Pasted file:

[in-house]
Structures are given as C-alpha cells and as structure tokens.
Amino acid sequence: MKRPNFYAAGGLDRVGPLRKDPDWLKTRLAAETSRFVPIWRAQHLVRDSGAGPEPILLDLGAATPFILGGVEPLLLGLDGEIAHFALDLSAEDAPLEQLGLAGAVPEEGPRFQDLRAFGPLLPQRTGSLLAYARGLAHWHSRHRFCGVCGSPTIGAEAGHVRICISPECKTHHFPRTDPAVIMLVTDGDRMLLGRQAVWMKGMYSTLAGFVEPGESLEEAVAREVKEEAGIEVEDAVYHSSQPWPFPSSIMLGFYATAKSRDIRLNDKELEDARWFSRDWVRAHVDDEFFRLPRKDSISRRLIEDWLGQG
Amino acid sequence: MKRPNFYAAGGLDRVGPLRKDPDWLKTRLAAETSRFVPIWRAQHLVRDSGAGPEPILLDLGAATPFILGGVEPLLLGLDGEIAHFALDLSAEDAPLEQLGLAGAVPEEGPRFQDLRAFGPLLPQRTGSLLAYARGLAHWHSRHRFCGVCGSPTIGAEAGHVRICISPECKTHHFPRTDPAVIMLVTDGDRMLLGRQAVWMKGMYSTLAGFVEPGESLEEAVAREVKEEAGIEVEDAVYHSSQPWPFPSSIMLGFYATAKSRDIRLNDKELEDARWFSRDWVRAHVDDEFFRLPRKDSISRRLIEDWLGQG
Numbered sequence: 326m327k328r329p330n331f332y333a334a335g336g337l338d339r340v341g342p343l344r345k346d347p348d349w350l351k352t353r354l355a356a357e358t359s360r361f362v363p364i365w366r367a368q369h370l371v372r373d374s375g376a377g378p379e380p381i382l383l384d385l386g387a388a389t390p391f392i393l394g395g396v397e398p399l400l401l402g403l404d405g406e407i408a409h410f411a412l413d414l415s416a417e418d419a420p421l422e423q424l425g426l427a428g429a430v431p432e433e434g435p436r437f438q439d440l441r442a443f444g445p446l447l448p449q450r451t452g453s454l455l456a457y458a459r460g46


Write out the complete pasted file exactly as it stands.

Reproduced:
[in-house]
Structures are given as C-alpha cells and as structure tokens.
Amino acid sequence: MKRPNFYAAGGLDRVGPLRKDPDWLKTRLAAETSRFVPIWRAQHLVRDSGAGPEPILLDLGAATPFILGGVEPLLLGLDGEIAHFALDLSAEDAPLEQLGLAGAVPEEGPRFQDLRAFGPLLPQRTGSLLAYARGLAHWHSRHRFCGVCGSPTIGAEAGHVRICISPECKTHHFPRTDPAVIMLVTDGDRMLLGRQAVWMKGMYSTLAGFVEPGESLEEAVAREVKEEAGIEVEDAVYHSSQPWPFPSSIMLGFYATAKSRDIRLNDKELEDARWFSRDWVRAHVDDEFFRLPRKDSISRRLIEDWLGQG
Amino acid sequence: MKRPNFYAAGGLDRVGPLRKDPDWLKTRLAAETSRFVPIWRAQHLVRDSGAGPEPILLDLGAATPFILGGVEPLLLGLDGEIAHFALDLSAEDAPLEQLGLAGAVPEEGPRFQDLRAFGPLLPQRTGSLLAYARGLAHWHSRHRFCGVCGSPTIGAEAGHVRICISPECKTHHFPRTDPAVIMLVTDGDRMLLGRQAVWMKGMYSTLAGFVEPGESLEEAVAREVKEEAGIEVEDAVYHSSQPWPFPSSIMLGFYATAKSRDIRLNDKELEDARWFSRDWVRAHVDDEFFRLPRKDSISRRLIEDWLGQG
Numbered sequence: 326m327k328r329p330n331f332y333a334a335g336g337l338d339r340v341g342p343l344r345k346d347p348d349w350l351k352t353r354l355a356a357e358t359s360r361f362v363p364i365w366r367a368q369h370l371v372r373d374s375g376a377g378p379e380p381i382l383l384d385l386g387a388a389t390p391f392i393l394g395g396v397e398p399l400l401l402g403l404d405g406e407i408a409h410f411a412l413d414l415s416a417e418d419a420p421l422e423q424l425g426l427a428g429a430v431p432e433e434g435p436r437f438q439d440l441r442a443f444g445p446l447l448p449q450r451t452g453s454l455l456a457y458a459r460g46